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Discover Benelux | See & Do | The boat lifts of Hainaut

The Walloon region has long relied on water transport. Visitors can explore the boat lifts from the water or within, at their leisure or on guided tours.

V O I E S D ’ E A U D U H A I N A U T:

The boat lifts of Hainaut TEXT: PHIL GALE | PRESS PHOTOS

Standing proud against the organic canvas of the open green countryside of South-western Belgium is a collection of several dramatic feats of engineering. With all three structures within a 25km radius of each other, the Voies d’Eau du Hainaut is a non-profit organisation that offers not only a unique look into Belgium’s culture but also houses the facilities for much more entertainment. These monuments to the modern age are not signs of wealth or power, but rival the view of any castle or palace. They are simply additions to the vast canal network found in the area, but with the difference that they allow boats to climb. “This region is close to France and Germany so traditionally has always been important as a trade route,” Dominique Mailleux, Head of Commercial Services at Hainaut Cultural Tourism explains. “Our three main attractions: the collection of boat lifts, the slop-

ing lock of Ronquières, a moving lock on a railway, and the giant boat lift (or Kabellift) of Strépy-Thieu are of huge interest and importance to the region.” For Mailleux, water’s importance to the region cannot be undervalued: “These three main attractions remind everyone in the area of the importance of these strips of water.” The notion of visiting operating industrial areas may not instantly appeal to all but with tours of each one, exhibitions and also function rooms available for hire, these remarkable structures do allow you a unique insight into our modern times. Mailleux continues: “Our most popular tour is the “Un Bateau, une vie”, an exhibition told by a child about the interesting life that people who live on the boats that pass through the area lead. It gives a great perspective into this nomadic life and really appeals to the whole family.” This parcours-spectacle is found at Ronquières. With the 4 boat lifts,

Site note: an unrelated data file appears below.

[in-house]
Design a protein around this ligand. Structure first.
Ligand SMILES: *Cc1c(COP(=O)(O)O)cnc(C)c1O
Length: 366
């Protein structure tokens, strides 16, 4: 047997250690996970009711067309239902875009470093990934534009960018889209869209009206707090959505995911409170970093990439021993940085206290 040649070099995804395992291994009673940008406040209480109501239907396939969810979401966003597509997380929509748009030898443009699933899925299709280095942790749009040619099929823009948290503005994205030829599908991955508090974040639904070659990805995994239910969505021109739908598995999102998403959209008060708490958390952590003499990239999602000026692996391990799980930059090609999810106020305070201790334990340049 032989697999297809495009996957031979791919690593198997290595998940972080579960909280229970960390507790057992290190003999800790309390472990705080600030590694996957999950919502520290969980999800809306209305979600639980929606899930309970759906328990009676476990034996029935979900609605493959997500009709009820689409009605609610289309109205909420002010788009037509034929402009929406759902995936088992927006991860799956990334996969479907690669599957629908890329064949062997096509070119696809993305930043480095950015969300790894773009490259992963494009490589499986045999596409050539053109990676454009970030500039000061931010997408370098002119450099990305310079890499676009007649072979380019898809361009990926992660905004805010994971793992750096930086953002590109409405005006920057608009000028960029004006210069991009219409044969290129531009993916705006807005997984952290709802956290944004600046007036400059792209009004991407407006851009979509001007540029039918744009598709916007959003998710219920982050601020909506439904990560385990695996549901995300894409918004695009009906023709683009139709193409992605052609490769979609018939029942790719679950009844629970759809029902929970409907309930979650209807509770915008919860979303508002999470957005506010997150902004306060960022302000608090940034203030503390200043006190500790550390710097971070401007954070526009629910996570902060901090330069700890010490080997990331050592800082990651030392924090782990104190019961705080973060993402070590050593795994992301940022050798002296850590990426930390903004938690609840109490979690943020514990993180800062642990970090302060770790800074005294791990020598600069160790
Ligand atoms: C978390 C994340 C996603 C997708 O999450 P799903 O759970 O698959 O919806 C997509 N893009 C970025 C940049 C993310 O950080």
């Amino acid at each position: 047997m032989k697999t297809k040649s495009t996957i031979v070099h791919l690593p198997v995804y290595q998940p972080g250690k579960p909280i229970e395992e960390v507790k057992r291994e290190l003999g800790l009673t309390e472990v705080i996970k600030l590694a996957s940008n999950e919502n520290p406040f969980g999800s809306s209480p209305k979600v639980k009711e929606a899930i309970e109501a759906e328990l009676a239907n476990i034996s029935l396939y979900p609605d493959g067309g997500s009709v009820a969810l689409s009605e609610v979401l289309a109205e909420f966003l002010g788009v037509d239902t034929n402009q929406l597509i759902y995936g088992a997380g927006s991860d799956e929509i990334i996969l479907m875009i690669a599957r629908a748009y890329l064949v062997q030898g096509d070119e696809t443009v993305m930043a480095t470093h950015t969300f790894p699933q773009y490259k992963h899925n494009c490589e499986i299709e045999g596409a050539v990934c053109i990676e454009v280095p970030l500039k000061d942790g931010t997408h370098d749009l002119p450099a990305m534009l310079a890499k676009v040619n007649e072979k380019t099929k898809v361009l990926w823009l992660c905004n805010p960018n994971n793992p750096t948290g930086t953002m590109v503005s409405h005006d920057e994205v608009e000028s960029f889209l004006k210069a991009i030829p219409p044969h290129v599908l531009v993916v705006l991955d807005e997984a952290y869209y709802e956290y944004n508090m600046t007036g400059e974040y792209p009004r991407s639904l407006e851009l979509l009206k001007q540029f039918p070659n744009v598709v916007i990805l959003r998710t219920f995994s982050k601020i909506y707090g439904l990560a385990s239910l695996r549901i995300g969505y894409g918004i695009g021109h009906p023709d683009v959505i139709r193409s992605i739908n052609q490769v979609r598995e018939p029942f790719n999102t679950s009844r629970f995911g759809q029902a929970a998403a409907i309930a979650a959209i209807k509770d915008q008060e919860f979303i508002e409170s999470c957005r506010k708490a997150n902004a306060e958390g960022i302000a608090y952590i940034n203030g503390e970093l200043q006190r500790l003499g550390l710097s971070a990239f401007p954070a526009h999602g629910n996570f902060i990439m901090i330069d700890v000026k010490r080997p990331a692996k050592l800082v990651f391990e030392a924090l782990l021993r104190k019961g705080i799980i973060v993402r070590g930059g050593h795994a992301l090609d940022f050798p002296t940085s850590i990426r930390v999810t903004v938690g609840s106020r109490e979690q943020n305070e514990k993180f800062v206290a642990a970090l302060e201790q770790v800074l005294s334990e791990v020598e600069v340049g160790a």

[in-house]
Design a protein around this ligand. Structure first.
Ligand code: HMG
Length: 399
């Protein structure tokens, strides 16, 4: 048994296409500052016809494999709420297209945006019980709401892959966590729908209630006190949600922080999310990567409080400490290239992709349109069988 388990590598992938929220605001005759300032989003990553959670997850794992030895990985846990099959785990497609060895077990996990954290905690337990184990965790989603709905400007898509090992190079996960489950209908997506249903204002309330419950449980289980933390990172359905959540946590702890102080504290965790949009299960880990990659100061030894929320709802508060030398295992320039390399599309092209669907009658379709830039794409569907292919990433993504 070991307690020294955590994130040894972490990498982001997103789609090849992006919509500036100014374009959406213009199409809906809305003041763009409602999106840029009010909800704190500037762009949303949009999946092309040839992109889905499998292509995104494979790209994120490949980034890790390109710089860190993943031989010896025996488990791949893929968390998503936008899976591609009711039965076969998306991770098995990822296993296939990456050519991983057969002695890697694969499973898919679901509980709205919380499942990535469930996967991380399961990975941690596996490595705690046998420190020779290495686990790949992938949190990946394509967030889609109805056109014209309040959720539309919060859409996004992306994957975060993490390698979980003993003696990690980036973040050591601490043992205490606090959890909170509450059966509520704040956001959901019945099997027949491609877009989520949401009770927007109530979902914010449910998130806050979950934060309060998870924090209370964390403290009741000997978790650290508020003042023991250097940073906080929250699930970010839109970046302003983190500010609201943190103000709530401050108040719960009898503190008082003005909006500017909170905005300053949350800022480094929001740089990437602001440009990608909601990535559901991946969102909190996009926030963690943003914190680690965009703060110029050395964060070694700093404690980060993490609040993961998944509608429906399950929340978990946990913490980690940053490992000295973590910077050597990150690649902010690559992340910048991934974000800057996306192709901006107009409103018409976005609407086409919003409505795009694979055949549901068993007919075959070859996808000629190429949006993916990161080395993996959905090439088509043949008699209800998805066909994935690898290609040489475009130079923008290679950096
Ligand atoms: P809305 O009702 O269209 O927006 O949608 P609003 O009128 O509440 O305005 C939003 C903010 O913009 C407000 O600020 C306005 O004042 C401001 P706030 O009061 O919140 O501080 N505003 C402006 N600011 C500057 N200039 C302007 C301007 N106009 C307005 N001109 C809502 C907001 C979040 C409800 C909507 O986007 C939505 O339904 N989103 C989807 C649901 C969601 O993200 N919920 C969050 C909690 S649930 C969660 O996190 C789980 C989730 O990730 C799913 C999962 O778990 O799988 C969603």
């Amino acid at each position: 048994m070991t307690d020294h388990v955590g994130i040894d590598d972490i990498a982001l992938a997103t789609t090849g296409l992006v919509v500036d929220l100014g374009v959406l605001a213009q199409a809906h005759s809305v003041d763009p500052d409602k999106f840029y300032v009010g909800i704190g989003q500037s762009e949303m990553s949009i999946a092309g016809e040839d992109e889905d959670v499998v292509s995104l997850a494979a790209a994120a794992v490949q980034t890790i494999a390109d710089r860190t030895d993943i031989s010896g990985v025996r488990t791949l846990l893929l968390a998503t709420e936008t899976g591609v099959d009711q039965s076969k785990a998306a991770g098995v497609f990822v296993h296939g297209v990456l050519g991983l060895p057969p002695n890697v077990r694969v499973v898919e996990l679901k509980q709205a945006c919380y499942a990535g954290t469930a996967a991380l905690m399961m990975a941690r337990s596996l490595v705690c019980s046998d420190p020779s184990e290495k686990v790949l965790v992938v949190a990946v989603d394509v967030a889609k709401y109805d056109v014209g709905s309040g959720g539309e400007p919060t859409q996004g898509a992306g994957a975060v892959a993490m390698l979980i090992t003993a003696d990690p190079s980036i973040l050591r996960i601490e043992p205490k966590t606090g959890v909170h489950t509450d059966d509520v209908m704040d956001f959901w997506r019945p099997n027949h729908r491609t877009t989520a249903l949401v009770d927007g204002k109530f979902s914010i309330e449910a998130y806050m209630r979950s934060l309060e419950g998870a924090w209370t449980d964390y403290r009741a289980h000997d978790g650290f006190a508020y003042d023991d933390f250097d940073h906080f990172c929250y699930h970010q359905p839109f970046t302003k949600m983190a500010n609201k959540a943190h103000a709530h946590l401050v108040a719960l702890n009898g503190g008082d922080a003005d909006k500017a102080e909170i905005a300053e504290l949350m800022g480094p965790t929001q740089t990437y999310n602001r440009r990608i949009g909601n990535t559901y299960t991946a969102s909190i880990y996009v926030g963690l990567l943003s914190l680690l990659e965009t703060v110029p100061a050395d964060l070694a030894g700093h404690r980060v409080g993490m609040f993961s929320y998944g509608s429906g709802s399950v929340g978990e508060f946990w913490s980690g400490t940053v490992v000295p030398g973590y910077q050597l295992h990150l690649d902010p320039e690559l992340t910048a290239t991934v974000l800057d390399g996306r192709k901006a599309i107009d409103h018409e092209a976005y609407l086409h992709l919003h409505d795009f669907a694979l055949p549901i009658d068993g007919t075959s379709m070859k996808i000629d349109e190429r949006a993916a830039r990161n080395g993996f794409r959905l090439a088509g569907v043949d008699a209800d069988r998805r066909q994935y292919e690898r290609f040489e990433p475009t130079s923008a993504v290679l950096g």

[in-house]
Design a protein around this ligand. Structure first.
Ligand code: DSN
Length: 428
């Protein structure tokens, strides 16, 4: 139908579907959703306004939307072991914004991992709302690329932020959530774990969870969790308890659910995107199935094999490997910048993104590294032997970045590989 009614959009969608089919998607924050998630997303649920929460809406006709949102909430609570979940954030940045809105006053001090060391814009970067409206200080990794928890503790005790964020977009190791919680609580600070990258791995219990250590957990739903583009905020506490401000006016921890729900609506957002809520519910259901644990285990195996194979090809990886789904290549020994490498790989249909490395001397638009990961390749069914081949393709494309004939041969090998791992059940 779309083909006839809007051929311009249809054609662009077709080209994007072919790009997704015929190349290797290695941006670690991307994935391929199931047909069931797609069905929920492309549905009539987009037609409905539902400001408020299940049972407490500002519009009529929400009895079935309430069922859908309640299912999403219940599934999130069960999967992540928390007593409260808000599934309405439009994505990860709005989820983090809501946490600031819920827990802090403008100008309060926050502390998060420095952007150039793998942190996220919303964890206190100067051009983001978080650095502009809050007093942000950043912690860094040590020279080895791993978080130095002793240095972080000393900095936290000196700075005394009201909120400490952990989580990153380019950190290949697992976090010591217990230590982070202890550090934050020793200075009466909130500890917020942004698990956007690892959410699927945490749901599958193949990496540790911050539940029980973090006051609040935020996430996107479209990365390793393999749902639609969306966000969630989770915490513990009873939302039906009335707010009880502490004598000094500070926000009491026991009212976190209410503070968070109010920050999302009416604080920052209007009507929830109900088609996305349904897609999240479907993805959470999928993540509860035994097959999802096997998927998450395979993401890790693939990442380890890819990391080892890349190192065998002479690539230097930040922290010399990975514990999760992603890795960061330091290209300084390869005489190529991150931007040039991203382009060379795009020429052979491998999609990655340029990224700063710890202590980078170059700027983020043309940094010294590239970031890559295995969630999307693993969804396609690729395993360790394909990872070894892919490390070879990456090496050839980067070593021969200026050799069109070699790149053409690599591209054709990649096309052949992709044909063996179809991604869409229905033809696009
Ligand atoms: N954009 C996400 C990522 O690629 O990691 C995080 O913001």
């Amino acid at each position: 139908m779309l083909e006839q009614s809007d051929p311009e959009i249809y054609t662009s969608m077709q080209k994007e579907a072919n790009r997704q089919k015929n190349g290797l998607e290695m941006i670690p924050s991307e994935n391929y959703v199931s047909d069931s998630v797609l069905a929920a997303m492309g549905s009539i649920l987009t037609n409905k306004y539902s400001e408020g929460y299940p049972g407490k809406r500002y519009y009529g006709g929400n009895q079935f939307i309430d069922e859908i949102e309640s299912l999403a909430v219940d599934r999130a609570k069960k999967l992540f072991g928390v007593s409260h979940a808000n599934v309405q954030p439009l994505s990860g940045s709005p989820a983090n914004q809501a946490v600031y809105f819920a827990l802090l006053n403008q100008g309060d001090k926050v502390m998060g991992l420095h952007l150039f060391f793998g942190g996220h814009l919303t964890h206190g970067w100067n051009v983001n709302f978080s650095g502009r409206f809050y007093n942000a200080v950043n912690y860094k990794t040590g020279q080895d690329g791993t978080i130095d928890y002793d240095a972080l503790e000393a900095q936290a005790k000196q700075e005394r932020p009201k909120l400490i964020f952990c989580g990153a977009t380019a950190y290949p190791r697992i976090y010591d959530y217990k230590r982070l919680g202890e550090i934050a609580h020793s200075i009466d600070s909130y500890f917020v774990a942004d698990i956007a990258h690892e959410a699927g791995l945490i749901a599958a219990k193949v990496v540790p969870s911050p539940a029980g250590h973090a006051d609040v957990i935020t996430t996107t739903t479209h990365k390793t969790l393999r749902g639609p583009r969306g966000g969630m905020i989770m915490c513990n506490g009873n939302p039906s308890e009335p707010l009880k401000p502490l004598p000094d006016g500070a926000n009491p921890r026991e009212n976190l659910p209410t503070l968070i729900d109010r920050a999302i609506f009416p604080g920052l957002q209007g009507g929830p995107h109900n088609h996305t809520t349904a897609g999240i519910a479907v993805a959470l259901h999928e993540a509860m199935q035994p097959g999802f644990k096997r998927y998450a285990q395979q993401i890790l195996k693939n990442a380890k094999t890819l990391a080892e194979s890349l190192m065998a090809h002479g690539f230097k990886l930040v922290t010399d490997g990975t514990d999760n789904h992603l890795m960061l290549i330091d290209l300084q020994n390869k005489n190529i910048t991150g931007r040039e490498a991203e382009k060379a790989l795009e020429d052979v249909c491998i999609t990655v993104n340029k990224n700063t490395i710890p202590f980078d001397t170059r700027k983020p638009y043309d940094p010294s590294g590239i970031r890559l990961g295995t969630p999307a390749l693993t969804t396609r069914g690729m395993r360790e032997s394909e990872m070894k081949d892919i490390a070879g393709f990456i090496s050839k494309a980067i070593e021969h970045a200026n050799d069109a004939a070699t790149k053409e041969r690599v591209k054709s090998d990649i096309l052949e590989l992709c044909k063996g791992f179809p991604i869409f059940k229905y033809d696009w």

the earliest addition to the canals, and belonging to the region of Wallonia, registered as a UNESCO site, you soon realise their historical importance. Few attractions can validly claim to be simultaneously functional and fascinating, but South West Belgium’s boat lifts are not a regular attraction. With function rooms on boats or even inside the imposing structures, you’re unlikely to find more stimulating venues for private or corporate events. The region’s fluid history and the inner workings of these water-aiding constructions can be explored on guided tours and at your leisure, while exhibitions spark a torrent of interest in this water-based exploration.

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Discover Benelux | Special Theme | Corporate Social Responsibility

ABOVE: Saskia Pepping, Manager at CSR Tourism Network. LEFT: Sawadee Reizen is one MVO’s network of sustainable holiday providers. Wells grey clear water lake pictured. Photo: Judith Vos

S P E C I A L T H E M E : C O R P O R AT E S O C I A L R E S P O N S I B I L I T Y

Carefree travels? Care for people and planet! TEXT: SASKIA PEPPING, MANAGER CSR TOURISM NETWORK | PRESS PHOTOS

Whether your holiday or your business trip is sustainable is probably not your first thought when booking your travels, but the impact on people and planet shouldn’t be underestimated. Whether it’s a business trip or that well deserved holiday break, it is time to rethink our travel choices and our behavior in holiday destinations. It is becoming more and more apparent that frequent journeys aren’t doing those beautiful holiday destinations any good.